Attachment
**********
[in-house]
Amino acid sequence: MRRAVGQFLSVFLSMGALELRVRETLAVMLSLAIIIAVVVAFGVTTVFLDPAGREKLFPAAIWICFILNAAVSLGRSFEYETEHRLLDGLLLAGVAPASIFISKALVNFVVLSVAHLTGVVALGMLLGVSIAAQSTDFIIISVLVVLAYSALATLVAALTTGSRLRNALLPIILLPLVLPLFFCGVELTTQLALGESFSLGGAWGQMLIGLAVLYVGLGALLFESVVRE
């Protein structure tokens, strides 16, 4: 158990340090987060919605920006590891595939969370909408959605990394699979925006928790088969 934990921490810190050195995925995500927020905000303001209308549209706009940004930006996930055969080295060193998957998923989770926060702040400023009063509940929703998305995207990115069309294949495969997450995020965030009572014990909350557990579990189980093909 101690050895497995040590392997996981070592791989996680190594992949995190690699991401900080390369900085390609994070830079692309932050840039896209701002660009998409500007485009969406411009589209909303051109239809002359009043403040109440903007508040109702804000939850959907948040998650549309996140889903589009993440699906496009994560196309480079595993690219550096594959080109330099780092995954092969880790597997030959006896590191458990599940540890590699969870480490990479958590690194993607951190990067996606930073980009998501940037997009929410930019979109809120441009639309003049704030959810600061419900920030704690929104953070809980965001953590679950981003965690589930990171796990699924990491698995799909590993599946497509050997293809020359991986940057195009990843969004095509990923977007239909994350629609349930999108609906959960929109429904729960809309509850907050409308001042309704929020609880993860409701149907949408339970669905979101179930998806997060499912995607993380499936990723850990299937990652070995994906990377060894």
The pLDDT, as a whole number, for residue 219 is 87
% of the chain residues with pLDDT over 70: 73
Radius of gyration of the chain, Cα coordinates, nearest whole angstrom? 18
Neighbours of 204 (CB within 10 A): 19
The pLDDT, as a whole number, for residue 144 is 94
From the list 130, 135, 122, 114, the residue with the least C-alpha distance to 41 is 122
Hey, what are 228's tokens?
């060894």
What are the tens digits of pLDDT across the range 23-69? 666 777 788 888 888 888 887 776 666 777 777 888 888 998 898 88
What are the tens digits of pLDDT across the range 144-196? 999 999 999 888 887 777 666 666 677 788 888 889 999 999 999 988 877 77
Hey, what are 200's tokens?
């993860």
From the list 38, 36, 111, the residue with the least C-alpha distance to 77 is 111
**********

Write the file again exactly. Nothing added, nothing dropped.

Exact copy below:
[in-house]
Amino acid sequence: MRRAVGQFLSVFLSMGALELRVRETLAVMLSLAIIIAVVVAFGVTTVFLDPAGREKLFPAAIWICFILNAAVSLGRSFEYETEHRLLDGLLLAGVAPASIFISKALVNFVVLSVAHLTGVVALGMLLGVSIAAQSTDFIIISVLVVLAYSALATLVAALTTGSRLRNALLPIILLPLVLPLFFCGVELTTQLALGESFSLGGAWGQMLIGLAVLYVGLGALLFESVVRE
């Protein structure tokens, strides 16, 4: 158990340090987060919605920006590891595939969370909408959605990394699979925006928790088969 934990921490810190050195995925995500927020905000303001209308549209706009940004930006996930055969080295060193998957998923989770926060702040400023009063509940929703998305995207990115069309294949495969997450995020965030009572014990909350557990579990189980093909 101690050895497995040590392997996981070592791989996680190594992949995190690699991401900080390369900085390609994070830079692309932050840039896209701002660009998409500007485009969406411009589209909303051109239809002359009043403040109440903007508040109702804000939850959907948040998650549309996140889903589009993440699906496009994560196309480079595993690219550096594959080109330099780092995954092969880790597997030959006896590191458990599940540890590699969870480490990479958590690194993607951190990067996606930073980009998501940037997009929410930019979109809120441009639309003049704030959810600061419900920030704690929104953070809980965001953590679950981003965690589930990171796990699924990491698995799909590993599946497509050997293809020359991986940057195009990843969004095509990923977007239909994350629609349930999108609906959960929109429904729960809309509850907050409308001042309704929020609880993860409701149907949408339970669905979101179930998806997060499912995607993380499936990723850990299937990652070995994906990377060894």
The pLDDT, as a whole number, for residue 219 is 87
% of the chain residues with pLDDT over 70: 73
Radius of gyration of the chain, Cα coordinates, nearest whole angstrom? 18
Neighbours of 204 (CB within 10 A): 19
The pLDDT, as a whole number, for residue 144 is 94
From the list 130, 135, 122, 114, the residue with the least C-alpha distance to 41 is 122
Hey, what are 228's tokens?
């060894």
What are the tens digits of pLDDT across the range 23-69? 666 777 788 888 888 888 887 776 666 777 777 888 888 998 898 88
What are the tens digits of pLDDT across the range 144-196? 999 999 999 888 887 777 666 666 677 788 888 889 999 999 999 988 877 77
Hey, what are 200's tokens?
């993860």
From the list 38, 36, 111, the residue with the least C-alpha distance to 77 is 111